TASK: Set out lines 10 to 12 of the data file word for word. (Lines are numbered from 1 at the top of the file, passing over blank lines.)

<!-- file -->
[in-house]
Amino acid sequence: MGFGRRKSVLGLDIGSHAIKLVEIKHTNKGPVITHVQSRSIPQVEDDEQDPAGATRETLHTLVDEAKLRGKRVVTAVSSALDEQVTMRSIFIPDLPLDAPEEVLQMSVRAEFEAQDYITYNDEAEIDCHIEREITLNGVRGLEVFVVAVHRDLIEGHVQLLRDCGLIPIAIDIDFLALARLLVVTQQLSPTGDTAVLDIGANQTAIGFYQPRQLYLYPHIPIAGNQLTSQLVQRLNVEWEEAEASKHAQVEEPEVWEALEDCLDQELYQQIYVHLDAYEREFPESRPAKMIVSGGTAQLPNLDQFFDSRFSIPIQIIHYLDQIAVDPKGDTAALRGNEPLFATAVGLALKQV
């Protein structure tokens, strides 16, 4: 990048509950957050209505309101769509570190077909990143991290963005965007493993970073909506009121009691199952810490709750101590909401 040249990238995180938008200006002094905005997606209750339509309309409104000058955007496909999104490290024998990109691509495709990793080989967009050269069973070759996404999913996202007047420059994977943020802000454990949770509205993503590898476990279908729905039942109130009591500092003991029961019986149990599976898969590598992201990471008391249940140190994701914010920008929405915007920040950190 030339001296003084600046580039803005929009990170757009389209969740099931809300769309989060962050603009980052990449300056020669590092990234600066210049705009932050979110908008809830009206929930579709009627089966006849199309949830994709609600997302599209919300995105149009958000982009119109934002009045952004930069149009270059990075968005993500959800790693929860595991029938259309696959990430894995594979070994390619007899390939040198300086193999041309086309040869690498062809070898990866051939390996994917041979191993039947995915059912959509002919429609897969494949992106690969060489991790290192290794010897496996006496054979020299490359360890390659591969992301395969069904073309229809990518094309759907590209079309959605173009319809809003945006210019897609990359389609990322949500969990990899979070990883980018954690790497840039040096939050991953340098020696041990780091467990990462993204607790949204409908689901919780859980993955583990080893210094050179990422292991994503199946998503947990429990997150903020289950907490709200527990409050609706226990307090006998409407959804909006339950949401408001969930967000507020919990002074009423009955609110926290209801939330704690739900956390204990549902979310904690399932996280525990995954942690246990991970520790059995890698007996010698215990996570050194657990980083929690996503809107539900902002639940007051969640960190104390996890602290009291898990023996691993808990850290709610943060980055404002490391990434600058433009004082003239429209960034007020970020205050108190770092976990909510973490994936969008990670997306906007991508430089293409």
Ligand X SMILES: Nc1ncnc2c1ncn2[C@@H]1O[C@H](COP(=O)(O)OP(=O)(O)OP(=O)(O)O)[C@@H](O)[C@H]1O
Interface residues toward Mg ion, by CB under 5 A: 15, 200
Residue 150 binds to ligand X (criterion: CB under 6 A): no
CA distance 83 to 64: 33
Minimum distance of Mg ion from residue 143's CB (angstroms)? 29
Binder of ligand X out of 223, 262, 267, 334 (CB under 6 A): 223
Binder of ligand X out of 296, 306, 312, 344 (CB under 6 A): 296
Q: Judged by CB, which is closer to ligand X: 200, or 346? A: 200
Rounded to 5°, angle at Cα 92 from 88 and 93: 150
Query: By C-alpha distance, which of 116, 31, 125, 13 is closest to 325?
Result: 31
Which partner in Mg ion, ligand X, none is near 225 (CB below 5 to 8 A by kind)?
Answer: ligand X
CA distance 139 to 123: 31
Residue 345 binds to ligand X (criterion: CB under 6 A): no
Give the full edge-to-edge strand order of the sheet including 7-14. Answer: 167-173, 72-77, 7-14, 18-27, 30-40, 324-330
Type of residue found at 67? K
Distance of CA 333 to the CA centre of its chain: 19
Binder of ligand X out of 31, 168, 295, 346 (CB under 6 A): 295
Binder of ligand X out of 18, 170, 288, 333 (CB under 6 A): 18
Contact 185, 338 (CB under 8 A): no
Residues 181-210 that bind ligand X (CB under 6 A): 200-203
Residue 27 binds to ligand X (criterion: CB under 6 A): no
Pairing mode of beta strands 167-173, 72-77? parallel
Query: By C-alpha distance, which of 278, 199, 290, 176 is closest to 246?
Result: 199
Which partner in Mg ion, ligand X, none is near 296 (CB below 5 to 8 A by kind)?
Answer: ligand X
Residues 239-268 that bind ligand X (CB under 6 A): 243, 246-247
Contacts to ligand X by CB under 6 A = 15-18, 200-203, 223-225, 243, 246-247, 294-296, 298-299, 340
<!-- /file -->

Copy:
Binder of ligand X out of 296, 306, 312, 344 (CB under 6 A): 296
Q: Judged by CB, which is closer to ligand X: 200, or 346? A: 200
Rounded to 5°, angle at Cα 92 from 88 and 93: 150